Something's gone wrong
Something’s gone wrong.
07 March 2022
Verstappen enters Azerbaijan looking to settle 'unfinished business' after last year's retirement
RISE OF THE ROOKIE: How Jacques Villeneuve stepped out of his father's shadow to become a champion
What time is the 2022 Azerbaijan Grand Prix and how can I watch it?
Bottas aims for 'trouble-free weekend' to unleash 'full potential' of Alfa Romeo in Azerbaijan
WATCH: 5 dramatic moments from the Azerbaijan Grand Prix
Discover more news
The first Grand Prix of the 2022 season is just around the corner but, before the wheel-to-wheel action begins, we have the Official Pre-Season Test in Bahrain to look forward to on March 10-12. Here’s a primer on pre-season testing, featuring 15 frequently asked questions – including how when and where you can watch it, and what to look out for.
TECH TUESDAY: The missing puzzle piece expected to fall into place during Bahrain testing
For decades, teams have tested their F1 cars – before, during, and after the season. It was generally a private affair and, in the past, could often be dangerous too. In 1986, stringent safety measures were brought in after the death of Elio de Angelis in testing, while pushes for parity and sustainability would lead to tighter regulations into the millennium.
READ MORE: 7 key rule changes for the 2022 season
The mid-2000s would see a huge number of testing sessions throughout the season but regulations soon cut that significantly down, and from 2010 allocations would further tumble. In 2021, just three-days of pre-season testing were permitted, along with two 15km demonstration events and two 100km promotional events.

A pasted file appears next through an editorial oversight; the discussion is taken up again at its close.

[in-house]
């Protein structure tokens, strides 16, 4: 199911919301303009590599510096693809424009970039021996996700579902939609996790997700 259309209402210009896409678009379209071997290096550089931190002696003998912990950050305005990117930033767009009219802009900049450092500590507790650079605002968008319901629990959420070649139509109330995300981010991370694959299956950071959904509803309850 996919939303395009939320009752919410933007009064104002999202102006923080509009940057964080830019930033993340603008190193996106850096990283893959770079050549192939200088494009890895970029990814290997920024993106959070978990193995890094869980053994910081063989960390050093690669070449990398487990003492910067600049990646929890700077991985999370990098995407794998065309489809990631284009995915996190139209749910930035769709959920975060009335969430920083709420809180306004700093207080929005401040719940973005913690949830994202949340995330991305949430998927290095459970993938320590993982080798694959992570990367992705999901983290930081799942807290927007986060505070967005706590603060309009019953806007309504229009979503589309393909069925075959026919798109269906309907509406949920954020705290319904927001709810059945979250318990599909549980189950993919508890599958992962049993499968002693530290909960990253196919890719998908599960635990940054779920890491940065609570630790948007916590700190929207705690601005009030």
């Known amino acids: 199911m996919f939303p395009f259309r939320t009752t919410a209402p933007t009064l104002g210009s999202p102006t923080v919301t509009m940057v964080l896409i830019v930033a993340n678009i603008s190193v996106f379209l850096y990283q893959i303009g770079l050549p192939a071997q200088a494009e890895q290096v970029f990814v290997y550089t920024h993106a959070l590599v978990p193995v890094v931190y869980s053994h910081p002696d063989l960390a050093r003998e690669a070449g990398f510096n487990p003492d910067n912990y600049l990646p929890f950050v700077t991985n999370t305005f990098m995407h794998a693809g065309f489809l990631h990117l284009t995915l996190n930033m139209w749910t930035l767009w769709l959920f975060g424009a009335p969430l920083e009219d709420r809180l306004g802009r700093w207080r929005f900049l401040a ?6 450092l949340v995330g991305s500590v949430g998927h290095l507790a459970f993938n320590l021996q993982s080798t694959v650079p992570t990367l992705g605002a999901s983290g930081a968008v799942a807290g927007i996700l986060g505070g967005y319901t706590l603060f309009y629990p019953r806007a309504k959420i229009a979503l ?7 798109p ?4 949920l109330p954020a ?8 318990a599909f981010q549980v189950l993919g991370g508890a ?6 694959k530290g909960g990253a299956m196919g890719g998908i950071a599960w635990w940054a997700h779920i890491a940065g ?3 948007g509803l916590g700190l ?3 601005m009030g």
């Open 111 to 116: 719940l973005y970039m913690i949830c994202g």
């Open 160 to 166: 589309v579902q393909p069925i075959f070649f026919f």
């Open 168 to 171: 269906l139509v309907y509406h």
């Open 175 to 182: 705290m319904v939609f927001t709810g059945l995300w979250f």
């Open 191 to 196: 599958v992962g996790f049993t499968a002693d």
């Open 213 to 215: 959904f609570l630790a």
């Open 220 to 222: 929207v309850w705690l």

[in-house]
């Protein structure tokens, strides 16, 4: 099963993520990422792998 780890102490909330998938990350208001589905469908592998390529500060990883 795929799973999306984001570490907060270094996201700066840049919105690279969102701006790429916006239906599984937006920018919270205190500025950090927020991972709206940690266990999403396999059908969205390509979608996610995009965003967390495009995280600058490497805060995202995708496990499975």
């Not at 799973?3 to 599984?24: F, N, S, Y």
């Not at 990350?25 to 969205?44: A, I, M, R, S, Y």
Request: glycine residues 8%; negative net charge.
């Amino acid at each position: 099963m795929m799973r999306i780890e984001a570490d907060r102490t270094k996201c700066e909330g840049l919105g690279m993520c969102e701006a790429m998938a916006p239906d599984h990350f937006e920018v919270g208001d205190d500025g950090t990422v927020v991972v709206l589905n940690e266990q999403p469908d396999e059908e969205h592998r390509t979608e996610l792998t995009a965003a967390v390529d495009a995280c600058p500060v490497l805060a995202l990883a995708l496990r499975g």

In 2022, teams have had a three-day, low-key session in Barcelona, with three more days of official testing to come in Bahrain. Most squads have also used some of their respective demonstration and promotional allowances too.
There’s plenty of work to be done for the season ahead.
Given the sweeping new regulations of this new era, reliability is key, and teams need to test their cars to the limit – while extensive running can expose issues like ‘porpoising’, which blindsided many of the teams in 2022 running at Barcelona.
ANALYSIS: What is ‘porpoising’ – and why is it causing the F1 teams a headache at 2022 pre-season running?
Drivers need to get to grips with, then squeeze out performance from, the new breed of cars; engineers need to hone their set-ups, check correlation, conduct various aero tests and see what upgrades need to be made; and mechanics have numerous duties, including pit stops, to practise.
The Official Pre-Season Test begins on March 10 and ends on March 12.
Each day is divided into two sessions of four hours each and teams will try to divide their three days of running between the two drivers, and perhaps a reserve as well. The morning session begins at 1000 local time and the day ends at 1900 local time.
Often, one driver will step in for the morning, their team mate stepping in for the afternoon – but red flags can cost valuable running, as was the case in Barcelona.
F1.com will have extensive live coverage, live timing, reaction and analysis from all three days in Bahrain.
F1 TV subscribers can watch the sessions live – along with reaction and features – on the streaming platform.